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AttnewlogoMy wife, Kay, got a new cell phone this week from AT&T. I'm an iPhone user, so we're sort of stuck with AT&T for now. It's not that I'm an AT&T hater, like some others. I don't really have that much trouble with their service. But I do hate the fact that I don't really have a choice, if I want to use the iPhone. It's sort of like being in the American Airlines Frequent Prisoner Program.

Our salesperson, John, was a good guy and very helpful. Kay had some concerns about getting a phone that would be a good fit for her needs without going completely overboard with features and stuff she didn't want. John seemed to fill the bill. While Kelly and I busied ourselves playing with the other phones, he smartly guided Kay to a selection and then, like any good salesperson, managed to add several accessories to the sale.

As we headed for the door, John stopped us. "In a few days, you'll receive our customer satisfaction survey. Would there be any reason you would not rate my service a "5" out of "5" today?"

Like I said, John was very helpful. He did a good job and Kay was satisfied. We were also on our way to the Outback Steakhouse. Kelly and I had a Bloomin' Onion on the brain. We wanted to leave.

"No, no reason, John. We're very satisfied. We'll give you a '5.' "

But this picture is wrong on so many levels.

First, it completely irritates me that companies, like AT&T, set up a way to supposedly track how I felt about a purchase experience, and then allow their employees to game the system. By asking us the question, John played us into giving him the survey responses he needed. I'm sure most of his customers give the same response and then when the survey does arrive, they feel compelled, almost guilted, into doing what they promised to do.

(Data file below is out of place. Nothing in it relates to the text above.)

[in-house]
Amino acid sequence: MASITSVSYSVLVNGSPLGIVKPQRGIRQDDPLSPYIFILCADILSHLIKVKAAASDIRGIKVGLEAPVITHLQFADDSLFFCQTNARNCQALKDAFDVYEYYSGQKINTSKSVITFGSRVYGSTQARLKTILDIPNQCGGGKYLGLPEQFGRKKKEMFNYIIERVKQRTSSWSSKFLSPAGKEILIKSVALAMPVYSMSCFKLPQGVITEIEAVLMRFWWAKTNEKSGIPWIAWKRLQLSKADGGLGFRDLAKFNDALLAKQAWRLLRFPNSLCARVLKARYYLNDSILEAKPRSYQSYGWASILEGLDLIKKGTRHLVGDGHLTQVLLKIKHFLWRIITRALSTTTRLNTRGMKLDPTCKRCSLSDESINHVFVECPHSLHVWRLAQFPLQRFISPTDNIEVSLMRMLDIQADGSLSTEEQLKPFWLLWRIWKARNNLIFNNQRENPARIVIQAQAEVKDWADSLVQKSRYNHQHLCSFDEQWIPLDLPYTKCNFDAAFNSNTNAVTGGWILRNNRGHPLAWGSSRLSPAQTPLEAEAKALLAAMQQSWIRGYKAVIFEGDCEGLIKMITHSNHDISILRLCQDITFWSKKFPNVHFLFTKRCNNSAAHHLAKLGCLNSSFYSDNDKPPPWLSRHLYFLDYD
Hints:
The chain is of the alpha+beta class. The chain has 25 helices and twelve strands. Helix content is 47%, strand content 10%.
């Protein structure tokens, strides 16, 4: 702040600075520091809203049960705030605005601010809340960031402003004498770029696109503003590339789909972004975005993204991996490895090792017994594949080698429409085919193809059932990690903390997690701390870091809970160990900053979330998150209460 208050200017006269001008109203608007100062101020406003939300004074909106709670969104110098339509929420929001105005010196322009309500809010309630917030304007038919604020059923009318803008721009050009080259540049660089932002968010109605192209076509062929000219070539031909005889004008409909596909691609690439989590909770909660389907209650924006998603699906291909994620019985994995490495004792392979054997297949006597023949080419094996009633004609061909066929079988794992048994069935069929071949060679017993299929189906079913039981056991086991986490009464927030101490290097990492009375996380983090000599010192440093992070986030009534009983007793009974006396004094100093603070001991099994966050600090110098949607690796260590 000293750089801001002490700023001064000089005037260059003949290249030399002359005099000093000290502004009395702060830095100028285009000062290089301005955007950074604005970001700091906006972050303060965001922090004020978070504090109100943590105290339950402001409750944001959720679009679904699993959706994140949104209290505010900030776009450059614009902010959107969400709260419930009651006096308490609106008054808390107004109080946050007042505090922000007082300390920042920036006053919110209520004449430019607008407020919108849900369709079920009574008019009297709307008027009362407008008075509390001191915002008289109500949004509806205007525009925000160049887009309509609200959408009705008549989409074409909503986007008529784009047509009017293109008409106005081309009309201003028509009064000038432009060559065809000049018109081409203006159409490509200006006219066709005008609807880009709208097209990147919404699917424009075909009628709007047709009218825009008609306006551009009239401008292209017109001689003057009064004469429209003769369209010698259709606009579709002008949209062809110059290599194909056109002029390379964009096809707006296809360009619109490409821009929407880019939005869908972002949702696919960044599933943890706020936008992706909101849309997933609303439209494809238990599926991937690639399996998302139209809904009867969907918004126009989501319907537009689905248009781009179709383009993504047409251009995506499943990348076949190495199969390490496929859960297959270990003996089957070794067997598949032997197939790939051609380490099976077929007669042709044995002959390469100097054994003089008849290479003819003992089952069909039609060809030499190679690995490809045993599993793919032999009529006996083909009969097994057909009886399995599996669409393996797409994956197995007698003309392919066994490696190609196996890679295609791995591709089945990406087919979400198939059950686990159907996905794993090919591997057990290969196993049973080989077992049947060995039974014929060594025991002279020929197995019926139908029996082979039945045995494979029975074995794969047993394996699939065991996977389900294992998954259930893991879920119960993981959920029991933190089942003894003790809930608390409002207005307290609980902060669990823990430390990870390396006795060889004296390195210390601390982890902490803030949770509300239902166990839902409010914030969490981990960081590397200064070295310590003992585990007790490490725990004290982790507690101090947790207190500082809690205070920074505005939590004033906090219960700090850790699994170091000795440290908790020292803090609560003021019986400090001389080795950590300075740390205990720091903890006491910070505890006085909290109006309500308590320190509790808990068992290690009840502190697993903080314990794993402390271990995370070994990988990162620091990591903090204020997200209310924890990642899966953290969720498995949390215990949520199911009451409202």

Clearly, if AT&T wants to learn how to provide better customer service, this is not helping. C'mon, let's be real. On a 1-5 rating scale with 5 being highest, what should a "5" really mean? In my book it means the experience was off the charts…not just good…not just better than expected. It was unexpectedly great! It was WOW! In my book a "5" should be an experience I would share in keynote speeches and write a case study about. John was good, but not that good.

Maybe the whole "Satisfaction" Survey dealie is mislabeled. Were we satisfied? Yeah, sure we were. In fact, I would say we were more than satisfied. But did the experience make us LOYAL? Did it make us EVANGELISTS for AT&T? Uh, that would be NO.

You see, it's actually pretty easy to make me satisfied. Just meet my expectations. That makes me satisfied. And if you've spent time on any airline these days, like me, you know my expectations are pretty low, so it's easy!

But satisfied is not the same as loyal. Satisfied does not create word-of-mouth. Satisfied does not necessarily mean I'll be a repeat customer.

It would make a lot more sense if AT&T did a "Customer Loyalty Survey." Ask questions like:

  • Were you ecstatic with our customer service?
  • Will you absolutely buy from us again?
  • Have you told others about the awesome customer experience you had
    with us?
  • Would you enthusiastically recommend us to your friends, family, and peers?
  • Were you so happy, you actually thought about giving us more money?

Now THAT would be a survey I'd like to see.